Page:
Originally, the land at Blindwells, which was an open-cast coal mine, was identified as an important site over a decade ago and was incorporated into the East Lothian Development Plan.

It was earmarked by SRG (Scottish Resources Group) but the firm went into liquidation in the summer, with Hargreaves stepping in and now ready to develop the site.

The first phase of the development would see 1,600 homes built, but eventually about 4,500 homes could be constructed on the site.

Mr Slater said: “We are a new organisation working with the site.

“We are going to submit a new planning application in Q2 (April to June) next year.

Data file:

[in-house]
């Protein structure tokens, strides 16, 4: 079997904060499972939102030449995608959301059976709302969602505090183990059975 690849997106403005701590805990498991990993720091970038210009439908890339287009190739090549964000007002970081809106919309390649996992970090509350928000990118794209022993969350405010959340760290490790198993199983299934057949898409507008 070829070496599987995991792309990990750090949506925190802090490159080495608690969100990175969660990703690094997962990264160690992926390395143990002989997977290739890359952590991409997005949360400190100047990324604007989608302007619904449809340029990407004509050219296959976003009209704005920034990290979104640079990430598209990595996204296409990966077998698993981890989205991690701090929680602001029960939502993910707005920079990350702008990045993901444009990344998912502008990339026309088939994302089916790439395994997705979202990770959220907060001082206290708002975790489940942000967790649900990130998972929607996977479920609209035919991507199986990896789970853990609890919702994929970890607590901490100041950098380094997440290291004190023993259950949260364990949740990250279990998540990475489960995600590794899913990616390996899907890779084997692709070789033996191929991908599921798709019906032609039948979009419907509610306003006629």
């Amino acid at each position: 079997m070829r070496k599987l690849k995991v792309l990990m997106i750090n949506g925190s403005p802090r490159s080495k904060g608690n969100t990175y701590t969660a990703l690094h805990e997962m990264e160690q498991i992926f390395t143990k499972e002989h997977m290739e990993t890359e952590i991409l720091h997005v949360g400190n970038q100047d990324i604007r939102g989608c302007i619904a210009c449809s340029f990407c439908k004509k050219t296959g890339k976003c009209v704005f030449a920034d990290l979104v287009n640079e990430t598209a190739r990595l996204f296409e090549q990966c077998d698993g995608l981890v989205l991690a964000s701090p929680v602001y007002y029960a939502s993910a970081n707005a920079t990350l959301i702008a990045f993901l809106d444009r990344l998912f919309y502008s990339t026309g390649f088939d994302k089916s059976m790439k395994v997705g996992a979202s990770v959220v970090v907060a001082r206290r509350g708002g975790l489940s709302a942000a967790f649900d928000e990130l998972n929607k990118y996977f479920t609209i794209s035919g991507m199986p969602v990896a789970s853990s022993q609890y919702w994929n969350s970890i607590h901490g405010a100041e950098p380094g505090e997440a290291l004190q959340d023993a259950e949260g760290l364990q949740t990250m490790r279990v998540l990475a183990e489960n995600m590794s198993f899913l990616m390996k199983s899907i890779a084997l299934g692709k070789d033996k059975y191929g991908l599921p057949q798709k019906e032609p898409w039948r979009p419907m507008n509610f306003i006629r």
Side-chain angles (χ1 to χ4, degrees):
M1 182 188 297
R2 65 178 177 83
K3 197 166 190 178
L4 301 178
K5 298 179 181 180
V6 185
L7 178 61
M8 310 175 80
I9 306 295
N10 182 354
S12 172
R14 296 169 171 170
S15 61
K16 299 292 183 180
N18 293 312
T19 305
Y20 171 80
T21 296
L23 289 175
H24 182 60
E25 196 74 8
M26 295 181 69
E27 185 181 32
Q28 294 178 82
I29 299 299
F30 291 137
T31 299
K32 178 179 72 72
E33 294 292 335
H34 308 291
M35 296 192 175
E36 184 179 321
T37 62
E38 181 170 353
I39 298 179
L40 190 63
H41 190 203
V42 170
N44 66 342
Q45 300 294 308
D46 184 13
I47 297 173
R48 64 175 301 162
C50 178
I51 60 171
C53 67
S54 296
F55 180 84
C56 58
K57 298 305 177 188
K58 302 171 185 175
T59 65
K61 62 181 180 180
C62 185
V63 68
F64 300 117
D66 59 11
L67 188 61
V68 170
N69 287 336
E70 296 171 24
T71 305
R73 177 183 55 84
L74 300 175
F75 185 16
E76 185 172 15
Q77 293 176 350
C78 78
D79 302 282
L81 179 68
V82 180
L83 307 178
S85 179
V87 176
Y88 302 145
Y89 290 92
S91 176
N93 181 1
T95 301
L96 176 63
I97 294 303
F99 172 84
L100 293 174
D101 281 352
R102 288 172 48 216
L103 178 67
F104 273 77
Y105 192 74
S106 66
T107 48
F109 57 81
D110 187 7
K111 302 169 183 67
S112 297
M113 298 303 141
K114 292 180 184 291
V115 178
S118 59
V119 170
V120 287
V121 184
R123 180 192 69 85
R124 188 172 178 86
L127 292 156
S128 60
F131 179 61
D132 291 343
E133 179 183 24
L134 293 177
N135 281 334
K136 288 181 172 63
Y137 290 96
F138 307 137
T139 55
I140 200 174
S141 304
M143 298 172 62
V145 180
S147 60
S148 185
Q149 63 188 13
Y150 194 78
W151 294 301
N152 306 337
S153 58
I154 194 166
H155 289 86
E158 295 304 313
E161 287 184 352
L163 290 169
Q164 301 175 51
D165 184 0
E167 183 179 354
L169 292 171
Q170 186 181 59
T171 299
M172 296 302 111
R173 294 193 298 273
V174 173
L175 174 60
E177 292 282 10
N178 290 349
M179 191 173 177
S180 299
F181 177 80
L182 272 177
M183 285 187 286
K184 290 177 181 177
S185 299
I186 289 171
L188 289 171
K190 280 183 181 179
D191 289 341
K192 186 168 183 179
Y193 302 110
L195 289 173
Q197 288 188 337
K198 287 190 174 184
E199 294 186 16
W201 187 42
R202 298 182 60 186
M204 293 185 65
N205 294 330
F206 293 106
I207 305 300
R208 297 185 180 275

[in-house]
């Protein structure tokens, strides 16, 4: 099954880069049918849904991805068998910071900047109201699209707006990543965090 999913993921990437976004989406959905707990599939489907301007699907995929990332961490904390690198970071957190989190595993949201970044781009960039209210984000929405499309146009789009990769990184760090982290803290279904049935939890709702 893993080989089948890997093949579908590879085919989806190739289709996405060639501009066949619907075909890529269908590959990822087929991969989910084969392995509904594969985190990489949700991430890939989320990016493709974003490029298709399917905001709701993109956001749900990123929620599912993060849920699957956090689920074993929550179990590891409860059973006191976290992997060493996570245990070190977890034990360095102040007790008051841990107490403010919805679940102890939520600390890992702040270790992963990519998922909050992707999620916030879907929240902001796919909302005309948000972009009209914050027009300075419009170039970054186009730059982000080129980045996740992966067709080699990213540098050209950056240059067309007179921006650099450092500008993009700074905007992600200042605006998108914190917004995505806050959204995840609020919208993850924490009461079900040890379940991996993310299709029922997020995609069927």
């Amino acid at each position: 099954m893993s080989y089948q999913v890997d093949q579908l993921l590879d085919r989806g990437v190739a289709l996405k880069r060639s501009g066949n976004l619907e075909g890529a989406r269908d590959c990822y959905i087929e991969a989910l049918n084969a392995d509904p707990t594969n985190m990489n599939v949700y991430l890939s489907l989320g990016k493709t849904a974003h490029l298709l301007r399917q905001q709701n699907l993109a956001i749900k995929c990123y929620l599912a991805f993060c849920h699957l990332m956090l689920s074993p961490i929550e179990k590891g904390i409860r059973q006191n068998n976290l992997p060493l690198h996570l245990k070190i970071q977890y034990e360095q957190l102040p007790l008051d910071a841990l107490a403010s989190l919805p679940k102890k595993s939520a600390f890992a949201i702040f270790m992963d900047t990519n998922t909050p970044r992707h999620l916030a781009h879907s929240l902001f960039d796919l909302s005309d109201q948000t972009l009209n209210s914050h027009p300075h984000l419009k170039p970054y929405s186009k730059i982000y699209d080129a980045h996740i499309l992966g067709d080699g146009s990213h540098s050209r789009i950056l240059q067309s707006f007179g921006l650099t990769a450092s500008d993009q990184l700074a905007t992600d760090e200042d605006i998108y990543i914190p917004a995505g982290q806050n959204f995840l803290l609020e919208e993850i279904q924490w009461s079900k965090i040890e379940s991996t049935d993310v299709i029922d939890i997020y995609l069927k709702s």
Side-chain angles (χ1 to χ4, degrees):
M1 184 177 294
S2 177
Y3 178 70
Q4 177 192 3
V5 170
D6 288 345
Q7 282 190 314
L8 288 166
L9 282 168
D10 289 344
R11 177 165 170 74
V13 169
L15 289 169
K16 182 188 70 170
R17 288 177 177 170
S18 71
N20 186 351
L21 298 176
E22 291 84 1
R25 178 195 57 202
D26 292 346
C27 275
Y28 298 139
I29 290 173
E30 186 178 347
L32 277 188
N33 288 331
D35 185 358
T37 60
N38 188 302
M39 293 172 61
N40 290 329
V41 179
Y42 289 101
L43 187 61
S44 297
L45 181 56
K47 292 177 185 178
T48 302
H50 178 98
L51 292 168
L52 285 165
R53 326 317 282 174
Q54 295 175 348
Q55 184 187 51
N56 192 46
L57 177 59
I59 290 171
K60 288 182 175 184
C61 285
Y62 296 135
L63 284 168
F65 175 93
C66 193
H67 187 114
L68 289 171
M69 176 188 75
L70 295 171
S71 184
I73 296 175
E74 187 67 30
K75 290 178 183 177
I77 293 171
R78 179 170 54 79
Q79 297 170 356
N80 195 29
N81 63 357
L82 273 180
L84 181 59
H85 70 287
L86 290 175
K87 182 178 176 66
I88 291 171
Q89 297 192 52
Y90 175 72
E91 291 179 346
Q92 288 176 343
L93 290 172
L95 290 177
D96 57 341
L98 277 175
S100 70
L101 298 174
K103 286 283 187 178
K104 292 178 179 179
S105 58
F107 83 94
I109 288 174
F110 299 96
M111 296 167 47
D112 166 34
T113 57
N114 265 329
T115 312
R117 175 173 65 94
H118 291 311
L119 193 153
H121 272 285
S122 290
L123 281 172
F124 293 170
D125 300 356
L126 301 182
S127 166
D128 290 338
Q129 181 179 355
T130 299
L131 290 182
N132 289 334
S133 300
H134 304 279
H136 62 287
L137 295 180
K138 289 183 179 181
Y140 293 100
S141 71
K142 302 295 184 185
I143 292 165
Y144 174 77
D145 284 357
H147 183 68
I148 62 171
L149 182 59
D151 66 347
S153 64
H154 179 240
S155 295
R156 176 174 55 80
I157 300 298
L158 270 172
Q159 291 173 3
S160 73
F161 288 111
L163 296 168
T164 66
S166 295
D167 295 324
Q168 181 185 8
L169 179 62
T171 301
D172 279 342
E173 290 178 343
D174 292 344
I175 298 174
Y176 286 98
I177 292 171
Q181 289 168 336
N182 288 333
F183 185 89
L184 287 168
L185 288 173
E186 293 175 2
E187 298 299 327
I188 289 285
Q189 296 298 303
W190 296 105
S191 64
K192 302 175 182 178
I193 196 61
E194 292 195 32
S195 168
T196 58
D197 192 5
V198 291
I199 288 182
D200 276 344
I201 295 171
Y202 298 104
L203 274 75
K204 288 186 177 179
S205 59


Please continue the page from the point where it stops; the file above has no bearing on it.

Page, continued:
“Then we are at the mercy of the planning process.

“The target is nine months and we want to make sure the correct information is in place.

“At the end, we want the planning permission to be of benefit to everybody.”

He described Hargreaves as a “dynamic and fast moving organisation” and repeated that the Durham-based company was “very serious about the importance of this project”.

He said: “We want people to be like ourselves, to feel re-energised by this project and realise this will have a very, very positive effect locally and hopefully be a big, huge boost for the area.”

Hargreaves is working on a scheme that will not just include houses.

Instead, shops, a school (ranging from P1 to S6), a park-and-ride system and parks will all be part of the facilities developed, if the scheme gets the green light next year.

There has also been a redesign of the site layout to allow “a better flow” for traffic, including bus links.